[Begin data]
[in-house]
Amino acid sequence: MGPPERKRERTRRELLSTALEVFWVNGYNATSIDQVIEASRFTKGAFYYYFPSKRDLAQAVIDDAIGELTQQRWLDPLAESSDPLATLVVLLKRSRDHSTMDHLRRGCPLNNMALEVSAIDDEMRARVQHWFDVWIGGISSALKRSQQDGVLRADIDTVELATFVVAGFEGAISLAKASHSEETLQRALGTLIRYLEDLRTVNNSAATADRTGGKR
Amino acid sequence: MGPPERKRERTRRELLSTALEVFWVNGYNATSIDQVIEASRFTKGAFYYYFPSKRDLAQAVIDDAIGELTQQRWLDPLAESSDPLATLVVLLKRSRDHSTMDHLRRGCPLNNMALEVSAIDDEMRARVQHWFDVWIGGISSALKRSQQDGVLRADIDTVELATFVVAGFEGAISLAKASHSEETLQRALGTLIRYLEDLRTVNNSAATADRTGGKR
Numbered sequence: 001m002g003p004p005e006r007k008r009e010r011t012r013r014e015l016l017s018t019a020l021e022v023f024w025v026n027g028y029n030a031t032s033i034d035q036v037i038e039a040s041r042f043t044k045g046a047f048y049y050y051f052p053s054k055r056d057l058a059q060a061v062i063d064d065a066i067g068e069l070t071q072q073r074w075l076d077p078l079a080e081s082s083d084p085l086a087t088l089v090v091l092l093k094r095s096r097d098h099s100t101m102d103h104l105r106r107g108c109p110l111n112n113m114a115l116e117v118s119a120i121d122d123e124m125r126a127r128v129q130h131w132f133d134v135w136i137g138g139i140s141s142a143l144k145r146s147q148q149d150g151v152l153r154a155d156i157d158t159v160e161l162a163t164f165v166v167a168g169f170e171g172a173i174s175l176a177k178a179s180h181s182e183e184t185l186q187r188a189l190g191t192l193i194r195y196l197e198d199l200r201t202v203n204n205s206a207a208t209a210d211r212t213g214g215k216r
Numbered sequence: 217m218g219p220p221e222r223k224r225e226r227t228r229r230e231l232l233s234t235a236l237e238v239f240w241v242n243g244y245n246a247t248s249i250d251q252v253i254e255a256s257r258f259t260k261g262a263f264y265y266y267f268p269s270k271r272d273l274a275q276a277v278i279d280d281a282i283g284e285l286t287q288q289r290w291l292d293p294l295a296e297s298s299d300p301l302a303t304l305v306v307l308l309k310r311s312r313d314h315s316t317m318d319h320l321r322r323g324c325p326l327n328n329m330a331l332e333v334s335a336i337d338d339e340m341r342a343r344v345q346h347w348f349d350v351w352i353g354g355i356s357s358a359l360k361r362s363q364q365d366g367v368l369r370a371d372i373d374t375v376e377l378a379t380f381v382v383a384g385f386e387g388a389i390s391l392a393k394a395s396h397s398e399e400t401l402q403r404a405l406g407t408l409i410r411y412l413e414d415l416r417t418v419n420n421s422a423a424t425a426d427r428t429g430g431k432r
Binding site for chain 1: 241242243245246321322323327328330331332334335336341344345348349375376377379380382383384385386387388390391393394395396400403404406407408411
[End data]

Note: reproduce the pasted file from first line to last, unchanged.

[in-house]
Amino acid sequence: MGPPERKRERTRRELLSTALEVFWVNGYNATSIDQVIEASRFTKGAFYYYFPSKRDLAQAVIDDAIGELTQQRWLDPLAESSDPLATLVVLLKRSRDHSTMDHLRRGCPLNNMALEVSAIDDEMRARVQHWFDVWIGGISSALKRSQQDGVLRADIDTVELATFVVAGFEGAISLAKASHSEETLQRALGTLIRYLEDLRTVNNSAATADRTGGKR
Amino acid sequence: MGPPERKRERTRRELLSTALEVFWVNGYNATSIDQVIEASRFTKGAFYYYFPSKRDLAQAVIDDAIGELTQQRWLDPLAESSDPLATLVVLLKRSRDHSTMDHLRRGCPLNNMALEVSAIDDEMRARVQHWFDVWIGGISSALKRSQQDGVLRADIDTVELATFVVAGFEGAISLAKASHSEETLQRALGTLIRYLEDLRTVNNSAATADRTGGKR
Numbered sequence: 001m002g003p004p005e006r007k008r009e010r011t012r013r014e015l016l017s018t019a020l021e022v023f024w025v026n027g028y029n030a031t032s033i034d035q036v037i038e039a040s041r042f043t044k045g046a047f048y049y050y051f052p053s054k055r056d057l058a059q060a061v062i063d064d065a066i067g068e069l070t071q072q073r074w075l076d077p078l079a080e081s082s083d084p085l086a087t088l089v090v091l092l093k094r095s096r097d098h099s100t101m102d103h104l105r106r107g108c109p110l111n112n113m114a115l116e117v118s119a120i121d122d123e124m125r126a127r128v129q130h131w132f133d134v135w136i137g138g139i140s141s142a143l144k145r146s147q148q149d150g151v152l153r154a155d156i157d158t159v160e161l162a163t164f165v166v167a168g169f170e171g172a173i174s175l176a177k178a179s180h181s182e183e184t185l186q187r188a189l190g191t192l193i194r195y196l197e198d199l200r201t202v203n204n205s206a207a208t209a210d211r212t213g214g215k216r
Numbered sequence: 217m218g219p220p221e222r223k224r225e226r227t228r229r230e231l232l233s234t235a236l237e238v239f240w241v242n243g244y245n246a247t248s249i250d251q252v253i254e255a256s257r258f259t260k261g262a263f264y265y266y267f268p269s270k271r272d273l274a275q276a277v278i279d280d281a282i283g284e285l286t287q288q289r290w291l292d293p294l295a296e297s298s299d300p301l302a303t304l305v306v307l308l309k310r311s312r313d314h315s316t317m318d319h320l321r322r323g324c325p326l327n328n329m330a331l332e333v334s335a336i337d338d339e340m341r342a343r344v345q346h347w348f349d350v351w352i353g354g355i356s357s358a359l360k361r362s363q364q365d366g367v368l369r370a371d372i373d374t375v376e377l378a379t380f381v382v383a384g385f386e387g388a389i390s391l392a393k394a395s396h397s398e399e400t401l402q403r404a405l406g407t408l409i410r411y412l413e414d415l416r417t418v419n420n421s422a423a424t425a426d427r428t429g430g431k432r
Binding site for chain 1: 241242243245246321322323327328330331332334335336341344345348349375376377379380382383384385386387388390391393394395396400403404406407408411